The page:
Top row, fourth from left says "Toddy Coffee".
Must be from the estate.

Food from all over = GROVAL Buffet?

Tuesday, October 10, 2006

Can Malaysia move on?

The Business Times published an article today about an "acrimonious debate" which has broken out in Malaysia over a think tank's claim that the ethnic Malay share of corporate equity had reached 45% by Sep 2005. The current figure, according to the government, is 19%. The think tank's claim is controversial because since 1971, the government has always pushed for Malays to own at least 30% of the country's corporate equity. The article goes to some length to discuss the various methodologies which are employed by both sides to derive their stated results.

One may debate the details, but Manu Bhaskaran, an economist whom I admire a lot, cuts to the chase, saying:
'What strikes me as surprising are all these old stories. The world is moving on and talking about globalisation, of attracting the best talent - and Malaysia is still obsessing about the ethnic division of spoils.'
So the question, I think, is this: can Malaysia move beyond its racial politics and plug in to the world? Or will it be left behind, bickering over who gets what of the pie, and yet ignoring the fact the the pie is in fact shrinking, no, getting eaten, by global competitors?

Going by what PM Adbullah has said, one would think that the Malaysian government is in fact quite aware of the issue at hand. In a speech in Apr 2006 to the KL Business Club, he said:
'We have seen increased competition from our neighbours and from other regions. We have seen foreign direct investments chase new development opportunities elsewhere... With everything that is happening in the world – escalating oil prices, the rise of China and India, a continued global macroeconomic imbalance – the next five years will probably determine whether we’ll make it... The sense of purpose and urgency that it has created is not without basis. I am not an economic historian but as someone who has studied the rise and fall of civilisations, I am under no illusion that this is one of those turning points in our history.'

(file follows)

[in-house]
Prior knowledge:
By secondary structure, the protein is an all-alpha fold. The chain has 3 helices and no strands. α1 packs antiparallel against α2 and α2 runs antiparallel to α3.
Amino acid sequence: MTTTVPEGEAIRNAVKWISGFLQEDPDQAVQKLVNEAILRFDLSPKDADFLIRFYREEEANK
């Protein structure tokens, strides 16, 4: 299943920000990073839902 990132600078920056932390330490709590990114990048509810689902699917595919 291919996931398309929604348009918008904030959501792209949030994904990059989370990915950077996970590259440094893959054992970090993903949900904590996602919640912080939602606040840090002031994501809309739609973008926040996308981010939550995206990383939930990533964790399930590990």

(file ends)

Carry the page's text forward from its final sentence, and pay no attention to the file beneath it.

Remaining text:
On the realities of racial politics, he goes on to say:
'If my government had to politically rely solely on a constituency represented by this audience here tonight, we will be out of business. Although you move and shake the world of business, you are in a minority. The mission will only work if i have the support of the majority... The economic philosophy that has allowed for this to be accepted as a national mission is that growth must be accompanied by distribution… Without a solid social foundation created by a distributive policy, we will not have the stability to stay relevant. Policies to help the bumiputera – a cornerstone of our social contract – will continue but will be designed to bring the best out of the community rather than consigning them to a culture of dependency. These socioeconomic priorities are uniquely Malaysian and are firmly non-negotiable.'
Which all sounds very first-world and yet sensitive to local realities. But yet nothing much has actually changed. So where's the disconnect? In all probability, it boils down to the necessities of staying in power, made all the more troublesome by the criticisms of an ex-PM, no less. And the fear is that Malaysia will not be able to get with the big picture, take the tough medicine and move on from the way things have been for the last 35 years...

Monday, October 02, 2006

Jia-Hui is one!

And this blog was started when she was born - how time flies! All four kiddie cousins gathered at grandma's as usual for the celebrations. But then, hor, combine four rowdy kids, a camera-phobic baby and a jealous elder sister, and you're going to have seriously few decent photos. Still, Daddy got a good one with the girls:

And got Mommy in for one as well:

The kids participated in seasonal festivities:

And had a blast as usual:

Oh, and check out Xin-Hui's vintage tai-kor-tai water bottle!